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tv   Counting the Cost  Al Jazeera  September 17, 2022 12:30pm-1:01pm AST

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she has been given an appointment for 2030 apis advocate. i have thoroughly documented the abuses and persecution. i have been a victim of it and it has become impossible to her grace and her people have an appointment scheduled for 2015 to leaving us in the legal uncertainty for years. migration official fe, they're dealing with more than 200000 pending applications with at least another 50000 people fail waiting to start the process. putting a major strain on cassandra rica island services, the government, that knowledges the delays and the difficulties nicaraguans are facing in the country. the says it's simply overwhelmed by the in a him promise you, in refugee agency, gave us 50 workers to help us. but the truth is that with these overwhelming numbers 30400 or more every day, we would need at least double that number that he is not alone in his struggles
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to deal with refugees. other countries in the region, including the united states, are also addressing what has become a major problem as people flee violence or political refreshing at home without a major international push to assist or a countries like costa rica families like ali hundreds will continue to struggle. allison and the answer is yes and was a finally cheaters have arrived back in india early 70 years after they became extinct beth. this is the moment that india's prime minister released 8 of the animals into a quarantine enclosure in one of the national parks. central india, they were relocated from namibia in southern africa, so the 12 are expected next month. ah, every incident with you here al jazeera, the headlines, the united nations is planning to send bonuses to the ukrainian city of ism, following the discovery of a mass burial site. ukraine says that $450.00 bodies were found days after its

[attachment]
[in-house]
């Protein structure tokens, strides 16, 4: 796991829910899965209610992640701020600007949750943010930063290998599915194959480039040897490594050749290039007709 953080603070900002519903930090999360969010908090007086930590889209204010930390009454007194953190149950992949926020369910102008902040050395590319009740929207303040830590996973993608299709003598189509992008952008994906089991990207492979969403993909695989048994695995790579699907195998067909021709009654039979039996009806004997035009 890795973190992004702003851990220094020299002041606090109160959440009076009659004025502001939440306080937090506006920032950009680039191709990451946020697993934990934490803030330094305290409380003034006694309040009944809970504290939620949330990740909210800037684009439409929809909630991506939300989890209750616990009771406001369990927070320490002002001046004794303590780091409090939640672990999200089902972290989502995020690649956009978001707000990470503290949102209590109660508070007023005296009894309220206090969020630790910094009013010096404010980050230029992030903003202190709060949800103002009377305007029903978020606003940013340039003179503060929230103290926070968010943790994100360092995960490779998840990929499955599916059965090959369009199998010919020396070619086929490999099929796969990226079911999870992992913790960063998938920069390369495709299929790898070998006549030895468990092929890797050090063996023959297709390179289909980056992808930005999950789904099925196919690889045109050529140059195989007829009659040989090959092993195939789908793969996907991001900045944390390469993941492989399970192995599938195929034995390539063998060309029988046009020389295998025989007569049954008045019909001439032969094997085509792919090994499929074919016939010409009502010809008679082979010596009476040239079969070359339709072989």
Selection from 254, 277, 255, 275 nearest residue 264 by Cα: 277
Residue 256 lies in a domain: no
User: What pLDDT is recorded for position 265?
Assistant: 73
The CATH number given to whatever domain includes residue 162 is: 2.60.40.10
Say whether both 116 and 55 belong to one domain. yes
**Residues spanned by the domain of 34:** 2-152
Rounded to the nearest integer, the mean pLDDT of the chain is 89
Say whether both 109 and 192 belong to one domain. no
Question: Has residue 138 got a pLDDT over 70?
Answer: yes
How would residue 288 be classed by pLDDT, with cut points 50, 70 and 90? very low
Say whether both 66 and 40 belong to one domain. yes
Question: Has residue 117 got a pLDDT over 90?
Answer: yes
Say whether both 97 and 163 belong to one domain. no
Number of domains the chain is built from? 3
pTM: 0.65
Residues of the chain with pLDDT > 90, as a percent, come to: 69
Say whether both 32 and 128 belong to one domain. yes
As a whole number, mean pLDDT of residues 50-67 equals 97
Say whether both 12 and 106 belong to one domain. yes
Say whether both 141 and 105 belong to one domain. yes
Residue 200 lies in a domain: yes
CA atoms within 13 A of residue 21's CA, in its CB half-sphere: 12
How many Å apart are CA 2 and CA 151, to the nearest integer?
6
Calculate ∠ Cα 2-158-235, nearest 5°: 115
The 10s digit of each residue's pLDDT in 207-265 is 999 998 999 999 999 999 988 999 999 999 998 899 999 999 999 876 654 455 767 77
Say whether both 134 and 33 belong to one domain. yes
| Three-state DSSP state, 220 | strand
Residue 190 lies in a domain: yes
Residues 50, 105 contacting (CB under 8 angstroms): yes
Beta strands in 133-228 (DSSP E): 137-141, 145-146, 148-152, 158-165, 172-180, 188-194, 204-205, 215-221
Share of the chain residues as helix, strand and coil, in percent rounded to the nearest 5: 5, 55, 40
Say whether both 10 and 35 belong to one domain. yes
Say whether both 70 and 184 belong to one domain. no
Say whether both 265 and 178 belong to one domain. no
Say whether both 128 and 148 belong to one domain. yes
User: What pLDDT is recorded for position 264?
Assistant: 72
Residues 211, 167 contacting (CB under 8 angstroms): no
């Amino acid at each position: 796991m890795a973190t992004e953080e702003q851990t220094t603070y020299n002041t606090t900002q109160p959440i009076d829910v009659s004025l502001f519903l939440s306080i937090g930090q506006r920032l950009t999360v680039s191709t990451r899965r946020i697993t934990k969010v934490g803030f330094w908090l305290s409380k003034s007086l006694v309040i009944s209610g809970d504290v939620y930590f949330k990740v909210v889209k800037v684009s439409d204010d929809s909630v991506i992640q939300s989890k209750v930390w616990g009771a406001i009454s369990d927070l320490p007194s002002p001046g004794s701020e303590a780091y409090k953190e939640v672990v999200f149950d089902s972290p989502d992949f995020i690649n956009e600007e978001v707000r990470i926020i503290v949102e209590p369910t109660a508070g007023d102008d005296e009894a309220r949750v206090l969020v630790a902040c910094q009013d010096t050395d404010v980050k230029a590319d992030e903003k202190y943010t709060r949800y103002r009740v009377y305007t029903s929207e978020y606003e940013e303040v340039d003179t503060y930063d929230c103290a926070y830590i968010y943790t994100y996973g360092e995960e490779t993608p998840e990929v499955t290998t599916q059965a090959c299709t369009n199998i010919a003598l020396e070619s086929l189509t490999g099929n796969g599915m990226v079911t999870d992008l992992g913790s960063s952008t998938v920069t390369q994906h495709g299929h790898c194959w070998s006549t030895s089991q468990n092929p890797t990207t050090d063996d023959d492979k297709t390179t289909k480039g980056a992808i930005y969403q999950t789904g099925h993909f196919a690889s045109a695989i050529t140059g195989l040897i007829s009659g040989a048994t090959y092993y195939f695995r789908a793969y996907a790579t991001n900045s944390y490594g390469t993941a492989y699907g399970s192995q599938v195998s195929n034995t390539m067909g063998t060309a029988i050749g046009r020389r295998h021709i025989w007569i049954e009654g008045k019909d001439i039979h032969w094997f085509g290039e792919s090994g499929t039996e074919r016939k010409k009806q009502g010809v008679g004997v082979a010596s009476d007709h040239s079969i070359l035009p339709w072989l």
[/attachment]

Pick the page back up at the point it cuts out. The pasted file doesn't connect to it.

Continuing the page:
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troops retook the city, which had been captured by russia hotter, abdel hamid has more on the situation in ism, she's in cock eve. that is city as been under russian occupation since the beginning of march. when they went in there, apparently they found little resistance, but ukrainians all along knew it was very important to get it back simply because that city basically was a logistical help for the russians. very important for their military operations for re supplying their troops in the north of the dumbass region, which is, according to president putin, the ultimate goal of this war. at least 24 people have been killed in fighting this week on the border between kyrgyzstan and to request on both sides accused. the other of restarting a longstanding dispute could get started, declared a state of emergency in the back can border region armenia. and as a by jar,
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blaming each other for a flare up in violence this week on their board up more than 200 soldiers have been killed in the fighting. russia mediated a ceasefire that appears to be hokey. and those are the headlines. a quick change of studio for me and i'll be back with counting the cost in just a couple of moments. which site is winning pay us or control? ah, what does the new forever war mean for america and nato as long as americans keep consuming? prices are going to keep going up. why didn't joe biden, the inflation coming? how did you get so much wrong? the quizzical good us punitive, the bottom line with hello, i'm adrian finnegan. this is counting the cost on out here. if you look at the